Critical Care Charge Nurse Paul Kenny and his colleagues face unprecedented daily challenges as they battle the latest surge of COVID-19. But kindness, teamwork and sheer determination pushes them on.



Since joining King’s eight years ago, Paul has spent the past six working in ITU caring for the most seriously ill patients, ensuring their safety and supporting the bedside nursing staff who provide round the clock one-to-one care. But COVID-19 has sent patient numbers rocketing.

 

“The normal ratio of nurse to patient is 1:1 in intensive care, but currently it’s 1:3 or even 1:4,” says Paul.

 

“We’re not able to give the same dedicated care that we would normally give and that doesn’t sit comfortably with us. But I have to keep reminding myself it’s a pandemic.

 

“It’s really tough, in every sense, but sheer determination gets us through each day – that and the resilience, teamwork and kindness of the critical care nurses, and all those being redeployed to our wards who are stepping up day after day.”

 

Paul’s team performs a multitude of tasks: looking after intubated patients on ventilators, making sure they get the right medications and treatments, caring for their personal needs and contacting family members with regular updates.

 

“Every moment we need to reprioritise, to make sure people are getting the care they need, but patients’ conditions can change rapidly,” says Paul.



Staff witnessed the grave reality of the virus early into the first wave of COVID-19 in 2020, but the latest surge has put unprecedented pressure on the team.

 

“During the first wave we took patients from different hospital Trusts and nurses were redeployed left, right and centre. They were turning up for shifts not knowing where they would need to be or what their day would involve, but we got through it – we did a good job,” says Paul.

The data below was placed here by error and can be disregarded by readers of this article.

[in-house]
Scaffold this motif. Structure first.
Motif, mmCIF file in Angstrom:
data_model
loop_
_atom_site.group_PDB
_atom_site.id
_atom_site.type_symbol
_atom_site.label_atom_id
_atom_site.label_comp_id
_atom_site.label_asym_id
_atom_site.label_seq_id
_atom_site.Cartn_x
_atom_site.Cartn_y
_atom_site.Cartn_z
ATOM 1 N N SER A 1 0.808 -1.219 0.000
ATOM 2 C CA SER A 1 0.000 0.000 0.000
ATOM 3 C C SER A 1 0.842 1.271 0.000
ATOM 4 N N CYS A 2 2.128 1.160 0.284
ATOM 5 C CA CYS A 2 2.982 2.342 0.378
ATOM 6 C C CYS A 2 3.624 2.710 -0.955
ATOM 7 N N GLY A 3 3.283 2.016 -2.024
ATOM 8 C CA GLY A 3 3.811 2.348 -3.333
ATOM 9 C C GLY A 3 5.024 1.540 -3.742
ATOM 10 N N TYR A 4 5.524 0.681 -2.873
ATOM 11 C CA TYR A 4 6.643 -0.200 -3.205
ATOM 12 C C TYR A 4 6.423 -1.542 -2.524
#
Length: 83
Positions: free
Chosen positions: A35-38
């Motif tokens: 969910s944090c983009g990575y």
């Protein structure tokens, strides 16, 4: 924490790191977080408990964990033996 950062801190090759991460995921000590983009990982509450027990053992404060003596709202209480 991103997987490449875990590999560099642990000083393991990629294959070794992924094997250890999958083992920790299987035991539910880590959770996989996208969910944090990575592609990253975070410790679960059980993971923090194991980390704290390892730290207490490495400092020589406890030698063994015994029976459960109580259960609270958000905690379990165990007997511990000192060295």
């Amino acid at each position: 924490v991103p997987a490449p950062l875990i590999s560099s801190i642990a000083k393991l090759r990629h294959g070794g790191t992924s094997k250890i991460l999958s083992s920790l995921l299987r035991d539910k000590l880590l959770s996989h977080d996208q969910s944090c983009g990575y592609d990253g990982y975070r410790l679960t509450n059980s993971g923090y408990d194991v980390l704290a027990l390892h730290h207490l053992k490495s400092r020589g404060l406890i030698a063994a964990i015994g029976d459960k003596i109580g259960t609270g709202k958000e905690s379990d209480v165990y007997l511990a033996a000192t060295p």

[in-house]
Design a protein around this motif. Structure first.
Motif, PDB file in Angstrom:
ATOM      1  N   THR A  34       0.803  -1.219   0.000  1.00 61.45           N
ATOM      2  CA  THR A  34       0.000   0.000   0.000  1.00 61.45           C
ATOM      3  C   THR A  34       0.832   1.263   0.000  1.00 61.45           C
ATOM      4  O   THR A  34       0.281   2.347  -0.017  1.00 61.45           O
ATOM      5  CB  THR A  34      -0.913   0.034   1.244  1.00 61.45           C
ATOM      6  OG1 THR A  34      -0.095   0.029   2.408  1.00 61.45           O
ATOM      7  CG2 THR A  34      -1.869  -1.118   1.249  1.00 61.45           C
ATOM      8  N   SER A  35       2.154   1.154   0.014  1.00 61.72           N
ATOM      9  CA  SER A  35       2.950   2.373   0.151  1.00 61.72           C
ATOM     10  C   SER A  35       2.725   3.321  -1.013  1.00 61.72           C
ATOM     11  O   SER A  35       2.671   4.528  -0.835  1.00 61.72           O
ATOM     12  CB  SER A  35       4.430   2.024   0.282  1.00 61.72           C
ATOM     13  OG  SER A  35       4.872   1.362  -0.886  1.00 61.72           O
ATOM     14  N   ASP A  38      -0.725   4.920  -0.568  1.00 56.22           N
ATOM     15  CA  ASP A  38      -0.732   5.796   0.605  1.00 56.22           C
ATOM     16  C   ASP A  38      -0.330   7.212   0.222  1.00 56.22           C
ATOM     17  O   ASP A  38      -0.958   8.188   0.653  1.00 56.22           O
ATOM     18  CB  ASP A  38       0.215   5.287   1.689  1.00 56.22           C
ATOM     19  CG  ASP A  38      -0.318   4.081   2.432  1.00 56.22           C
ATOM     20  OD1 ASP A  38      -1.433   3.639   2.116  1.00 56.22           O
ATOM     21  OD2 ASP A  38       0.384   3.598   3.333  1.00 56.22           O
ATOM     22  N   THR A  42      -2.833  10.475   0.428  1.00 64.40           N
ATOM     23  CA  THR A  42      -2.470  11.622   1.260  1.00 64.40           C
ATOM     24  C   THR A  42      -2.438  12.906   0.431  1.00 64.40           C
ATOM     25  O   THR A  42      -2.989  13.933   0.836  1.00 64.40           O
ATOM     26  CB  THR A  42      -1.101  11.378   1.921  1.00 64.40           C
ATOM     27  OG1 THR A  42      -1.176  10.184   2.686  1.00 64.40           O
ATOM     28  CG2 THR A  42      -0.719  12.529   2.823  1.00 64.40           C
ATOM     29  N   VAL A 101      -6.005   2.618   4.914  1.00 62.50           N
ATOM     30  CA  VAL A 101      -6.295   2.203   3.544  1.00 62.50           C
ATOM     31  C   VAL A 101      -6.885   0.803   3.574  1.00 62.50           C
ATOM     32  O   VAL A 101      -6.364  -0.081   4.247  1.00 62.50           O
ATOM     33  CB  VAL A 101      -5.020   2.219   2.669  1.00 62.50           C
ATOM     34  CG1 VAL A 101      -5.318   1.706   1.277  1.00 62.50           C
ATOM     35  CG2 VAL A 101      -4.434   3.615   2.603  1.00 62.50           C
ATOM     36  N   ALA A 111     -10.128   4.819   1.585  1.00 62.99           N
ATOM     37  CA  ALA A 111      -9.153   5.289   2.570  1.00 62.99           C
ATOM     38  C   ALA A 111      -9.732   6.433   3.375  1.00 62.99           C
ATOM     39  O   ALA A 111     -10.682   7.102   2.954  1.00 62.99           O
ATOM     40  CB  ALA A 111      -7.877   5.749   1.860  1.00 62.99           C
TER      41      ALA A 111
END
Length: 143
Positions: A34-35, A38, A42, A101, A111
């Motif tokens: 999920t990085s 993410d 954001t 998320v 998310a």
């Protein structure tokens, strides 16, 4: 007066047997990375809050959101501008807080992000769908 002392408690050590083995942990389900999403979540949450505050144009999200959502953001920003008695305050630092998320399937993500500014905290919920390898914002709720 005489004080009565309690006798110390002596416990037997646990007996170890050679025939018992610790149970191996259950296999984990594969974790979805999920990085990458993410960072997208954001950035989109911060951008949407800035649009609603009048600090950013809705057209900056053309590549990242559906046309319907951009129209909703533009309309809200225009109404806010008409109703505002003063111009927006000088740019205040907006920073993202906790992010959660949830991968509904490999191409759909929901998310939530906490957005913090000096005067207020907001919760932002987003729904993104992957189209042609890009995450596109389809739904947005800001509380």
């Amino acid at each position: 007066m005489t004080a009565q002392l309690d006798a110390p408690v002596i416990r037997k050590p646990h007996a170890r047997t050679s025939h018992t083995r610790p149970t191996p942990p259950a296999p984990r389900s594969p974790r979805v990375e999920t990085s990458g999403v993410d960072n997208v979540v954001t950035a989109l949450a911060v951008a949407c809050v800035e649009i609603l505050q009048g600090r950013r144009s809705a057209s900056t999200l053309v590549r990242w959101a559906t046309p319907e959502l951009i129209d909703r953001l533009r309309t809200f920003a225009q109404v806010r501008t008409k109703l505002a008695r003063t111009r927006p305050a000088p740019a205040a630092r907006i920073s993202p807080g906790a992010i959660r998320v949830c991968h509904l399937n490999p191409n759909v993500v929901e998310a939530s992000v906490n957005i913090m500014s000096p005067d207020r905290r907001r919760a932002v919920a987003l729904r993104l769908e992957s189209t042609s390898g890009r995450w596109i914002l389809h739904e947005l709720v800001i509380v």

“But now we’re seeing large numbers of patients with coronavirus who need intensive oxygenation and care. We’ve taken over so many areas of the hospital now. Many patients on the medical wards are on the brink of needing to be intubated and this is coupled with the sheer number of staff that are sick or shielding. We’re losing more of our staff every day – it feels like the number of nurses is depleting while the number of patients is rising. It’s worrying.”

 

Paul and his colleagues have been deeply touched by the generosity of supporters who helped patients and staff at the start of the pandemic through the Hospital Heroes Appeal. They now hope people will help them once more through our S.O.S. Appeal.

 

“The support we had before really lifted our spirits. It meant a lot. But now the need is even greater. We need help to protect our staff, so they do not fall."

 

“We’re exhausted. We’re working 13 to 15 hours a day in layers of PPE and it’s so hot and sweaty beneath the gowns. It’s easy to get dehydrated and the masks can cause pressure sores."



“PPE also makes it so difficult to communicate with patients. Your facial expressions tell a lot and every bit of nuance, the looks that show people that you care, are hidden. Some people have told us we look like robots coming towards them. As a nurse, you want to be able to touch your patients to show empathy, but often you’re touching them through two or three layers of gloves.

 

“This time round I’m more emotionally drained because I feel so sad for our patients and for my team. As a nurse leader you see it; you see the impact it's having on colleagues.

 

“We need help to make sure family support services are there for those whose loved ones are dying, so they can see them and talk to them, via electronic tablet, before they die.

 

“We need help to follow up with those who survive and return home too, because post-traumatic stress is already an issue with those patients. And it’s an issue for staff too.

 

"When you’re on the wards you’re in it and you just charge on. But when you get home, it sinks in what you’ve seen that day…staff will need long term help when all this is over."

 

“Nursing is our job – it’s what we nurses do and we don’t expect special treatment. But, right now, we need help, and support from the local community means so much to us because it shows us that people are out there, thinking of us.”